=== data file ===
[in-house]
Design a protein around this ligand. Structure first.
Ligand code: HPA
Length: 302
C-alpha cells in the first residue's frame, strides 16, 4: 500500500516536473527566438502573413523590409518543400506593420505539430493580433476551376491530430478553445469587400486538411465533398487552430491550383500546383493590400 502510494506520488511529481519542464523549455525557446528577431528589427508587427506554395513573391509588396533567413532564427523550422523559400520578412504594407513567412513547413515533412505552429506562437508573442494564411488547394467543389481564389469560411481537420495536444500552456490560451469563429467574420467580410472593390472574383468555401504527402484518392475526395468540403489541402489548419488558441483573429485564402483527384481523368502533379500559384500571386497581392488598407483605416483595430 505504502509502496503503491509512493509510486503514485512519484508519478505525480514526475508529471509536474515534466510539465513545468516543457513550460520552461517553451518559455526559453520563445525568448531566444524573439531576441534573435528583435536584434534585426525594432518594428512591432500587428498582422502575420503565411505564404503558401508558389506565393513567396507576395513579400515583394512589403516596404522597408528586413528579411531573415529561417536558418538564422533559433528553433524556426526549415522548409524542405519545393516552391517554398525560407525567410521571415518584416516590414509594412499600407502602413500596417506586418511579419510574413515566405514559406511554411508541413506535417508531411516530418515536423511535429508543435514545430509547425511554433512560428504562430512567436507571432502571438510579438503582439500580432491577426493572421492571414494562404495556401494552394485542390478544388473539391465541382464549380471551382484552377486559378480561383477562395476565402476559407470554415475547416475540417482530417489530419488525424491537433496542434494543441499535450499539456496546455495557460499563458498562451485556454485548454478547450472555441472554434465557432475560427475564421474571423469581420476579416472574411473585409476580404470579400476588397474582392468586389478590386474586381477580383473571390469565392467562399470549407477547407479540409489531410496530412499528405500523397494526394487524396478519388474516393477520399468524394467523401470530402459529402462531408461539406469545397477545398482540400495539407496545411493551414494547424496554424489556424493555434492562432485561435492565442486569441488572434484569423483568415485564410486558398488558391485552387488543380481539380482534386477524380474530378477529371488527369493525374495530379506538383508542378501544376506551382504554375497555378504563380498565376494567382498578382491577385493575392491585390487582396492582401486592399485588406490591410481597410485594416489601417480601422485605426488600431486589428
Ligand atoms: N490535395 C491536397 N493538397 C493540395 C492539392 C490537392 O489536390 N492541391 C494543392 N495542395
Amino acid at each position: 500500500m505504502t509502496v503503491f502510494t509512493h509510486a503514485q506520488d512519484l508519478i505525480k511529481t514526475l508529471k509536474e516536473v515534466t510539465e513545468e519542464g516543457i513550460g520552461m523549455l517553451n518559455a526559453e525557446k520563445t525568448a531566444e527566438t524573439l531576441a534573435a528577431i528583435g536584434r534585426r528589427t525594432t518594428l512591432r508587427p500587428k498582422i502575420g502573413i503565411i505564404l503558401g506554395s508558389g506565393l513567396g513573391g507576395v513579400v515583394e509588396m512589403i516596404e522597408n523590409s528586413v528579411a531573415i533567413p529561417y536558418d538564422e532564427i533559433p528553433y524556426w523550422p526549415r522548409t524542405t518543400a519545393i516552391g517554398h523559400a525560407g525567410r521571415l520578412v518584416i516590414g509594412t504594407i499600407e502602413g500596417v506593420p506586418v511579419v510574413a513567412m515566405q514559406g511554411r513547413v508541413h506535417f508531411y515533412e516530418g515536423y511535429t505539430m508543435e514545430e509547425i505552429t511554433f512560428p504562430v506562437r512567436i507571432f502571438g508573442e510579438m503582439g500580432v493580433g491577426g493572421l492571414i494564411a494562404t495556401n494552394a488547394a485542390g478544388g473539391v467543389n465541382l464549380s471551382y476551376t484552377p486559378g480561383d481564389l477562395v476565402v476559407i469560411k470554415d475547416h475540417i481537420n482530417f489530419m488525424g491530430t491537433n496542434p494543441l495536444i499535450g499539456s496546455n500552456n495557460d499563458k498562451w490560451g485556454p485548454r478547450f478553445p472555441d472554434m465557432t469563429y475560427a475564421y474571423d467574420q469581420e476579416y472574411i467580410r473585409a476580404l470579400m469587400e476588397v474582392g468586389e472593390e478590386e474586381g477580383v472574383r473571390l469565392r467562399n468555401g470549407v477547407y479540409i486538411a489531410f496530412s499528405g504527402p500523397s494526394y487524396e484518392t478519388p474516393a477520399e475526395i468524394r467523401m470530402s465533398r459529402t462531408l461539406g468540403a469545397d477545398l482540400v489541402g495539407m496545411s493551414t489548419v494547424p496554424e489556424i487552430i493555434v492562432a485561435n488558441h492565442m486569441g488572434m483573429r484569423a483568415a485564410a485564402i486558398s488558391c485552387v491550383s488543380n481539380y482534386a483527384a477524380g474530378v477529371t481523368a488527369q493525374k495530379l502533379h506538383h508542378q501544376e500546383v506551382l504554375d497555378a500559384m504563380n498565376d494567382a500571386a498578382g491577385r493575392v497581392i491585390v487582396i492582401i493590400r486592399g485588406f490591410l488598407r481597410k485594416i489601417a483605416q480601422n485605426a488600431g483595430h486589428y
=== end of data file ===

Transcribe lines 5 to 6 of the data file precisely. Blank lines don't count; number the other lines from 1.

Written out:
C-alpha cells in the first residue's frame, strides 16, 4: 500500500516536473527566438502573413523590409518543400506593420505539430493580433476551376491530430478553445469587400486538411465533398487552430491550383500546383493590400 502510494506520488511529481519542464523549455525557446528577431528589427508587427506554395513573391509588396533567413532564427523550422523559400520578412504594407513567412513547413515533412505552429506562437508573442494564411488547394467543389481564389469560411481537420495536444500552456490560451469563429467574420467580410472593390472574383468555401504527402484518392475526395468540403489541402489548419488558441483573429485564402483527384481523368502533379500559384500571386497581392488598407483605416483595430 505504502509502496503503491509512493509510486503514485512519484508519478505525480514526475508529471509536474515534466510539465513545468516543457513550460520552461517553451518559455526559453520563445525568448531566444524573439531576441534573435528583435536584434534585426525594432518594428512591432500587428498582422502575420503565411505564404503558401508558389506565393513567396507576395513579400515583394512589403516596404522597408528586413528579411531573415529561417536558418538564422533559433528553433524556426526549415522548409524542405519545393516552391517554398525560407525567410521571415518584416516590414509594412499600407502602413500596417506586418511579419510574413515566405514559406511554411508541413506535417508531411516530418515536423511535429508543435514545430509547425511554433512560428504562430512567436507571432502571438510579438503582439500580432491577426493572421492571414494562404495556401494552394485542390478544388473539391465541382464549380471551382484552377486559378480561383477562395476565402476559407470554415475547416475540417482530417489530419488525424491537433496542434494543441499535450499539456496546455495557460499563458498562451485556454485548454478547450472555441472554434465557432475560427475564421474571423469581420476579416472574411473585409476580404470579400476588397474582392468586389478590386474586381477580383473571390469565392467562399470549407477547407479540409489531410496530412499528405500523397494526394487524396478519388474516393477520399468524394467523401470530402459529402462531408461539406469545397477545398482540400495539407496545411493551414494547424496554424489556424493555434492562432485561435492565442486569441488572434484569423483568415485564410486558398488558391485552387488543380481539380482534386477524380474530378477529371488527369493525374495530379506538383508542378501544376506551382504554375497555378504563380498565376494567382498578382491577385493575392491585390487582396492582401486592399485588406490591410481597410485594416489601417480601422485605426488600431486589428
Ligand atoms: N490535395 C491536397 N493538397 C493540395 C492539392 C490537392 O489536390 N492541391 C494543392 N495542395